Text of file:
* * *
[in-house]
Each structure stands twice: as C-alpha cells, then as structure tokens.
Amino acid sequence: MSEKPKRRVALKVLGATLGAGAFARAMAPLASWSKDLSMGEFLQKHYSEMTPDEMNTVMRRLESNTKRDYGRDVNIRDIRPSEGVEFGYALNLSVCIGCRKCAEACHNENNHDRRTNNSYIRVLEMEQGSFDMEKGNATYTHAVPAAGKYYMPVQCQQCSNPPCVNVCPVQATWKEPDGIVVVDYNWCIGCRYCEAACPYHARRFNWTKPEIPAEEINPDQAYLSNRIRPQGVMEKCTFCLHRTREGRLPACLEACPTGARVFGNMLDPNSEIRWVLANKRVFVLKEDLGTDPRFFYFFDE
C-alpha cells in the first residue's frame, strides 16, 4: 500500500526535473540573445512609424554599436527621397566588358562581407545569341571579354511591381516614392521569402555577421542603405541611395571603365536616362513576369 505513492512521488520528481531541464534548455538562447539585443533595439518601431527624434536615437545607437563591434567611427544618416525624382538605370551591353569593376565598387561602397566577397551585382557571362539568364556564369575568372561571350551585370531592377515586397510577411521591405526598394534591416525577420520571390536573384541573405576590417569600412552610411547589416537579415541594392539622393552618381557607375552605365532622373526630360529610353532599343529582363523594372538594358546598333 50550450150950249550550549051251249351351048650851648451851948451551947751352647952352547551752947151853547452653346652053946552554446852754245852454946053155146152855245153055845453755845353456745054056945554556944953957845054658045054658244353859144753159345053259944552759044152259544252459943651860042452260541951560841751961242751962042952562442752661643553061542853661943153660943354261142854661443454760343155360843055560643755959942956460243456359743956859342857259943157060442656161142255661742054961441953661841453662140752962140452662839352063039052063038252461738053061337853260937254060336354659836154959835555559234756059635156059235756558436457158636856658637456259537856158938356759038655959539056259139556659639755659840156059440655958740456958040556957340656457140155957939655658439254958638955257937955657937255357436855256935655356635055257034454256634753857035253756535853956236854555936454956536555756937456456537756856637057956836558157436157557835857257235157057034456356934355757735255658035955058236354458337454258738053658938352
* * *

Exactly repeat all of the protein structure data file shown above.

[in-house]
Each structure stands twice: as C-alpha cells, then as structure tokens.
Amino acid sequence: MSEKPKRRVALKVLGATLGAGAFARAMAPLASWSKDLSMGEFLQKHYSEMTPDEMNTVMRRLESNTKRDYGRDVNIRDIRPSEGVEFGYALNLSVCIGCRKCAEACHNENNHDRRTNNSYIRVLEMEQGSFDMEKGNATYTHAVPAAGKYYMPVQCQQCSNPPCVNVCPVQATWKEPDGIVVVDYNWCIGCRYCEAACPYHARRFNWTKPEIPAEEINPDQAYLSNRIRPQGVMEKCTFCLHRTREGRLPACLEACPTGARVFGNMLDPNSEIRWVLANKRVFVLKEDLGTDPRFFYFFDE
C-alpha cells in the first residue's frame, strides 16, 4: 500500500526535473540573445512609424554599436527621397566588358562581407545569341571579354511591381516614392521569402555577421542603405541611395571603365536616362513576369 505513492512521488520528481531541464534548455538562447539585443533595439518601431527624434536615437545607437563591434567611427544618416525624382538605370551591353569593376565598387561602397566577397551585382557571362539568364556564369575568372561571350551585370531592377515586397510577411521591405526598394534591416525577420520571390536573384541573405576590417569600412552610411547589416537579415541594392539622393552618381557607375552605365532622373526630360529610353532599343529582363523594372538594358546598333 50550450150950249550550549051251249351351048650851648451851948451551947751352647952352547551752947151853547452653346652053946552554446852754245852454946053155146152855245153055845453755845353456745054056945554556944953957845054658045054658244353859144753159345053259944552759044152259544252459943651860042452260541951560841751961242751962042952562442752661643553061542853661943153660943354261142854661443454760343155360843055560643755959942956460243456359743956859342857259943157060442656161142255661742054961441953661841453662140752962140452662839352063039052063038252461738053061337853260937254060336354659836154959835555559234756059635156059235756558436457158636856658637456259537856158938356759038655959539056259139556659639755659840156059440655958740456958040556957340656457140155957939655658439254958638955257937955657937255357436855256935655356635055257034454256634753857035253756535853956236854555936454956536555756937456456537756856637057956836558157436157557835857257235157057034456356934355757735255658035955058236354458337454258738053658938352